The effect of flood mapping and floods on housing prices
At a glance (3 minute read)
- Floodplain maps and historical flooding can affect housing prices, according to research from Ebbwater Consulting.
Is being close to water such as an ocean, river, stream or lake, a benefit or a liability?
It depends on whether the area has a floodplain map and if the area has ever had a flood, according to research from Ebbwater Consulting, The Impact of Flood Hazard on Real Estate Values.
Decrease in property value because of flood hazards
Price reductions after a flood diminish as time passes, and homes regain value between one and seven years after a flood.
|Mapping and disclosing a flood hazard||Decreases property value between one per cent and four per cent for property on a floodplain|
|Property which has had a flood||Decreases between 18 per cent and 25 per cent in value|
Flooding in your neighbourhood – who’s protecting you?
Not all BC municipalities have updated their flood mapping.
Find your region using BC’s floodplain maps by region.
- identify areas that have had floods from rivers, lakes, streams, and ocean; and
- provide information on the spatial distribution of flood construction levels.
Flood risk management in the Lower Mainland
Dike management and safety
Dike operation and maintenance were moved to municipalities from the provincial government in 2003.
Since then, both local governments and the provincial government have responsibilities to inspect, monitor, repair and replace dikes.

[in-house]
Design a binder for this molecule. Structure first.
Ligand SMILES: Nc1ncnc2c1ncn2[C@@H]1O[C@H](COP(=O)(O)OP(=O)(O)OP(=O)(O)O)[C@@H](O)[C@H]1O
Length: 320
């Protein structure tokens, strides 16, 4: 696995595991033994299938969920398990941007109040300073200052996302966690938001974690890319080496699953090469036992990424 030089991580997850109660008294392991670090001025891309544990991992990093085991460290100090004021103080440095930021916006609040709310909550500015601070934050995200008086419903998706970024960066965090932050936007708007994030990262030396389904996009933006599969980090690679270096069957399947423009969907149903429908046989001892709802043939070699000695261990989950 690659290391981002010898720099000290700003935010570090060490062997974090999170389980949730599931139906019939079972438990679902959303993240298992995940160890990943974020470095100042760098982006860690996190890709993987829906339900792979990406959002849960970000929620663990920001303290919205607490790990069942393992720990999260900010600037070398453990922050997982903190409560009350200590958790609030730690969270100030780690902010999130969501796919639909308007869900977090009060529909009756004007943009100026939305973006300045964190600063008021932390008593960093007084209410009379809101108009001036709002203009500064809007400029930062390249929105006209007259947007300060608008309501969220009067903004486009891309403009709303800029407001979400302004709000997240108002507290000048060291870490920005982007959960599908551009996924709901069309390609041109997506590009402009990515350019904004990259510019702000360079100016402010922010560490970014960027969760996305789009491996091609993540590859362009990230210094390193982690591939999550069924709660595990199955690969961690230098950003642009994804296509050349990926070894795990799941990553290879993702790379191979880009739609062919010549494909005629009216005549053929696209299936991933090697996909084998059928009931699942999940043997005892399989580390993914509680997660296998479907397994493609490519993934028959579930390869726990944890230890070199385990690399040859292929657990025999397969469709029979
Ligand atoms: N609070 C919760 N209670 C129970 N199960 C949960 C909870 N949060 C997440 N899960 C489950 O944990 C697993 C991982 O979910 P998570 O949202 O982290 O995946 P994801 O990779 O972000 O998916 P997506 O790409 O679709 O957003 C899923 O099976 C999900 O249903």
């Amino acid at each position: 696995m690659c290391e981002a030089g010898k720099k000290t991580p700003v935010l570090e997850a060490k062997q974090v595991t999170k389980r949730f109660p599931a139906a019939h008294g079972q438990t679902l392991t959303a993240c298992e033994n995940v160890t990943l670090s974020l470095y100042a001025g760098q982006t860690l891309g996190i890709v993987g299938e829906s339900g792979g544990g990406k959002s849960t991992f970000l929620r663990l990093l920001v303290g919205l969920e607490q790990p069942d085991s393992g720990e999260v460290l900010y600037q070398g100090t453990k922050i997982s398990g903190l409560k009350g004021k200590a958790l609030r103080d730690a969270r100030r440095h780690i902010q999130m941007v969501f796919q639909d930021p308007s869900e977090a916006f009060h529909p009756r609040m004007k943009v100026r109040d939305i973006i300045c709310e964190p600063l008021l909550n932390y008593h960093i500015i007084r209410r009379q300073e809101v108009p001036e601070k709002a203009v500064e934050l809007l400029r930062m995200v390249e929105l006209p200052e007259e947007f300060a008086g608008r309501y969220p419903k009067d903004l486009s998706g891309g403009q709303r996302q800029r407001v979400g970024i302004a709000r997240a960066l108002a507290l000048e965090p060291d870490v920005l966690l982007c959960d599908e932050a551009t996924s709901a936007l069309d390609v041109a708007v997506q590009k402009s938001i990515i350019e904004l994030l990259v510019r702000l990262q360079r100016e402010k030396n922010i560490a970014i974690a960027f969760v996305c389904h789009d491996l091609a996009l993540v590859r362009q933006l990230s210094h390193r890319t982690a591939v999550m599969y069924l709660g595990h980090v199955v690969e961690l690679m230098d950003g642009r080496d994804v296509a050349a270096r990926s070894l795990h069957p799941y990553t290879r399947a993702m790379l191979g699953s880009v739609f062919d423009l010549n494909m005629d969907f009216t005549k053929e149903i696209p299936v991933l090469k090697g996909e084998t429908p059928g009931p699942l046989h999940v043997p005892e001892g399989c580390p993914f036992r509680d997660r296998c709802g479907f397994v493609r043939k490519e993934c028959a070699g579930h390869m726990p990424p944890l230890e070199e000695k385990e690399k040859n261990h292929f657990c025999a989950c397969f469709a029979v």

If a new dike is to be constructed, the construction will only be approved if the local government agrees to become the diking authority, and become responsible for ownership, operation, and maintenance of the dike.
There are more than 100 dikes throughout the province that aren’t the responsibility of any level of government. Many of these dikes were built years ago during an emergency and aren’t actively maintained by a diking authority. They also don’t meet provincial standards.
Although many of these dikes are located on private property, some are still regulated, meaning they can’t be modified or disturbed without prior approval under the Dike Maintenance Act.
For example, the three-kilometer Southlands Dike, below SW Marine Drive in Vancouver, protects multimillion dollar estates and horse barns from flooding.
The provincial government provided funding to the Fraser Basin Council to coordinate and manage a risk assessment for the orphan dikes. Read the Fraser Basin report (opens 161-page pdf).